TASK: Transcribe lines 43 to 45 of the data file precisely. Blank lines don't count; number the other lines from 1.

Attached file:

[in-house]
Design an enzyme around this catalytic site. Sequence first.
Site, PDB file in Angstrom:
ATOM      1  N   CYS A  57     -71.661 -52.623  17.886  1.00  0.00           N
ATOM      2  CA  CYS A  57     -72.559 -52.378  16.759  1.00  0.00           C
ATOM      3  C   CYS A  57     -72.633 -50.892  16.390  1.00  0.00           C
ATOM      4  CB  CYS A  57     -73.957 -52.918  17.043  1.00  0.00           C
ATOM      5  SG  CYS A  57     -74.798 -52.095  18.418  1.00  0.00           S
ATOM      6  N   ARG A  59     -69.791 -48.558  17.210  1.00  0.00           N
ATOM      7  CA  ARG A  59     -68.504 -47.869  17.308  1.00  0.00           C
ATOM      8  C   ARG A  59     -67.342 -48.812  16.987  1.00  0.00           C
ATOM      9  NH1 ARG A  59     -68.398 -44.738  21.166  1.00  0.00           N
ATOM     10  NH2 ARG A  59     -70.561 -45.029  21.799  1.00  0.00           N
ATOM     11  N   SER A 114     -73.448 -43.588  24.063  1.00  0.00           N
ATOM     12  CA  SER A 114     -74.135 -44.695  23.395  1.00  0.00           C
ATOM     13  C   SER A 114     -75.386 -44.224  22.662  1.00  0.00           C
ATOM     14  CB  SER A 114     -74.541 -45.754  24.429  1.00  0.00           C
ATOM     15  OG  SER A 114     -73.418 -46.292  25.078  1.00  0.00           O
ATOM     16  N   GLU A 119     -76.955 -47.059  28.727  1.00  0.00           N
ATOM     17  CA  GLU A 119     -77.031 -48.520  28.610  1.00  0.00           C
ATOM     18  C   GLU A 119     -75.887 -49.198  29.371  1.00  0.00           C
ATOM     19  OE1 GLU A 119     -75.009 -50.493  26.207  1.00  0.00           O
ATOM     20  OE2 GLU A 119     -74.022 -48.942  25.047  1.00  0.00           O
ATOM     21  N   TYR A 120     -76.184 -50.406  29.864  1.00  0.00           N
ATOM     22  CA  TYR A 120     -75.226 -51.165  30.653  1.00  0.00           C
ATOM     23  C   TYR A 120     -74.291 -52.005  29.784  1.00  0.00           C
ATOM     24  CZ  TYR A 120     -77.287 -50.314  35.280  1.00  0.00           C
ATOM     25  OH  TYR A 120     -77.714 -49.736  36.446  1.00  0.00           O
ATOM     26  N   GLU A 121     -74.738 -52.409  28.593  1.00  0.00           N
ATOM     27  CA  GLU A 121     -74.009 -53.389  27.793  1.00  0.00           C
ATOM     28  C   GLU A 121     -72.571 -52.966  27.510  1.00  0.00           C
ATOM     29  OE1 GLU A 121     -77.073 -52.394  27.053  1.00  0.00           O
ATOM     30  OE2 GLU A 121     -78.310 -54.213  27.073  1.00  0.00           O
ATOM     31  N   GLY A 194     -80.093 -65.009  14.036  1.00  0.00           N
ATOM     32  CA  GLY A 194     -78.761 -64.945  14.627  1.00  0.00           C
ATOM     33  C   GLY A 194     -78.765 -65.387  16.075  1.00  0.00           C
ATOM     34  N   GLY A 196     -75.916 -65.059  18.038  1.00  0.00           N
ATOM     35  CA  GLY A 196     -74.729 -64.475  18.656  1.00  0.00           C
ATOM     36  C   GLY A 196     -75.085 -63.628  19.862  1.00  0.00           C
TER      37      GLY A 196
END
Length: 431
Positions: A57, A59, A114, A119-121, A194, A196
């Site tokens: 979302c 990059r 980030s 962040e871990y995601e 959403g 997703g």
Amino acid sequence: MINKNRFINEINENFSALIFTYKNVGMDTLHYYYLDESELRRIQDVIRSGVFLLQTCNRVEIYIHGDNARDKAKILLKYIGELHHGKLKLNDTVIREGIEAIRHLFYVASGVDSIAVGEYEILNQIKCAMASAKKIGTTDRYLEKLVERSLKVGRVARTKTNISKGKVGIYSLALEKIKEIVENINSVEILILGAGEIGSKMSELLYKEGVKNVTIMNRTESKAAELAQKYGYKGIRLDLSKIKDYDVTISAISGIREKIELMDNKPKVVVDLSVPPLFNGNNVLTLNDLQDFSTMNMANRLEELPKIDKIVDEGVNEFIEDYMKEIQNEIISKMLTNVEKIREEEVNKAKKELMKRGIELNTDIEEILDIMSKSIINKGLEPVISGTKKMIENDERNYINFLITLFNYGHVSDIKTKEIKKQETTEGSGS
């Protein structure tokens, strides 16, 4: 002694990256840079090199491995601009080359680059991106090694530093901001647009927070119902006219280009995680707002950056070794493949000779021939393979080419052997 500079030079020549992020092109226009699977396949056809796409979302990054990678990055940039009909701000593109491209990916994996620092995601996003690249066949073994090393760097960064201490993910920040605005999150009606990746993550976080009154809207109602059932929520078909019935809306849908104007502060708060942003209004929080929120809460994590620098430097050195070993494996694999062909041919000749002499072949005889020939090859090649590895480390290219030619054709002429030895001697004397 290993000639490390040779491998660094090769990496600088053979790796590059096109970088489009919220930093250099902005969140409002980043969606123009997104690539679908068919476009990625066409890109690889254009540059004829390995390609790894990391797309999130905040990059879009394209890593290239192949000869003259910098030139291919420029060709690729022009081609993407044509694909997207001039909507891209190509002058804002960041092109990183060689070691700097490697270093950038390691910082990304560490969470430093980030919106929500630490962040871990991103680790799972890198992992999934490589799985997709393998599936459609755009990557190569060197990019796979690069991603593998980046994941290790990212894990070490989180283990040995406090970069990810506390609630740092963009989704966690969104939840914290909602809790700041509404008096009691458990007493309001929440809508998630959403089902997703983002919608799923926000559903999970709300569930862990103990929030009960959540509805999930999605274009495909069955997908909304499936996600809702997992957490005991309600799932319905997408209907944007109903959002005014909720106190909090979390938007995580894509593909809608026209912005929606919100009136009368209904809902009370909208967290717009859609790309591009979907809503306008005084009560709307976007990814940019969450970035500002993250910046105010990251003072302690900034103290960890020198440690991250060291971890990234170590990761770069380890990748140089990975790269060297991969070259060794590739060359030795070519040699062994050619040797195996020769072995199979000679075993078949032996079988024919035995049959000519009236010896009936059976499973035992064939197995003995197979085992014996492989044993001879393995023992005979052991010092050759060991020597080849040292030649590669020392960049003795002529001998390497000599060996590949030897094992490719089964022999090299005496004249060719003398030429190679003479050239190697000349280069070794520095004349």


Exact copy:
Positions: A57, A59, A114, A119-121, A194, A196
């Site tokens: 979302c 990059r 980030s 962040e871990y995601e 959403g 997703g």
Amino acid sequence: MINKNRFINEINENFSALIFTYKNVGMDTLHYYYLDESELRRIQDVIRSGVFLLQTCNRVEIYIHGDNARDKAKILLKYIGELHHGKLKLNDTVIREGIEAIRHLFYVASGVDSIAVGEYEILNQIKCAMASAKKIGTTDRYLEKLVERSLKVGRVARTKTNISKGKVGIYSLALEKIKEIVENINSVEILILGAGEIGSKMSELLYKEGVKNVTIMNRTESKAAELAQKYGYKGIRLDLSKIKDYDVTISAISGIREKIELMDNKPKVVVDLSVPPLFNGNNVLTLNDLQDFSTMNMANRLEELPKIDKIVDEGVNEFIEDYMKEIQNEIISKMLTNVEKIREEEVNKAKKELMKRGIELNTDIEEILDIMSKSIINKGLEPVISGTKKMIENDERNYINFLITLFNYGHVSDIKTKEIKKQETTEGSGS